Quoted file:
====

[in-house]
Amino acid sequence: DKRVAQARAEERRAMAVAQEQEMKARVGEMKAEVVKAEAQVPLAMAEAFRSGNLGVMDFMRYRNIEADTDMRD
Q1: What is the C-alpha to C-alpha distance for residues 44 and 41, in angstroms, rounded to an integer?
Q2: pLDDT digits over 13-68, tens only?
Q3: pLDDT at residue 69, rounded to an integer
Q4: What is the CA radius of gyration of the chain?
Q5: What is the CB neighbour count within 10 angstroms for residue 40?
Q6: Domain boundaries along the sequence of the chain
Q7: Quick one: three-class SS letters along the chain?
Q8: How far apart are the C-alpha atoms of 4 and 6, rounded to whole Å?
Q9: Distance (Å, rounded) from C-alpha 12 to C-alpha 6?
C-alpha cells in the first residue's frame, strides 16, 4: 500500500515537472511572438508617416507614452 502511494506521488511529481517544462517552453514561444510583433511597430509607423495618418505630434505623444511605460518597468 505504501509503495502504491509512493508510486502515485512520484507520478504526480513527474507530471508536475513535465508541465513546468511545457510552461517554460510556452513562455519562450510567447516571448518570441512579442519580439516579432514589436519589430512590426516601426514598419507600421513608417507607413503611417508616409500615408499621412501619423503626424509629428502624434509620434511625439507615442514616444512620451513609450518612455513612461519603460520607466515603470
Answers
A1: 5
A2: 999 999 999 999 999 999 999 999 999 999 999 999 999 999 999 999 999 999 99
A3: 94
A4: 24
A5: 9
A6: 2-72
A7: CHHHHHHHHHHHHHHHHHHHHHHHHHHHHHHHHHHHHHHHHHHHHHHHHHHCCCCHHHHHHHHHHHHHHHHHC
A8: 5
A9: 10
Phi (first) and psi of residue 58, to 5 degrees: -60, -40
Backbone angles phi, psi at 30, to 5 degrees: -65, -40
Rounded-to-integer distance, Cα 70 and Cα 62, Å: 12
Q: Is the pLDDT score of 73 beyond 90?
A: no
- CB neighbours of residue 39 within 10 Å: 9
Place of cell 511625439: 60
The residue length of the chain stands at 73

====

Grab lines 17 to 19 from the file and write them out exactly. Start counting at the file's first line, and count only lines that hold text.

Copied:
A4: 24
A5: 9
A6: 2-72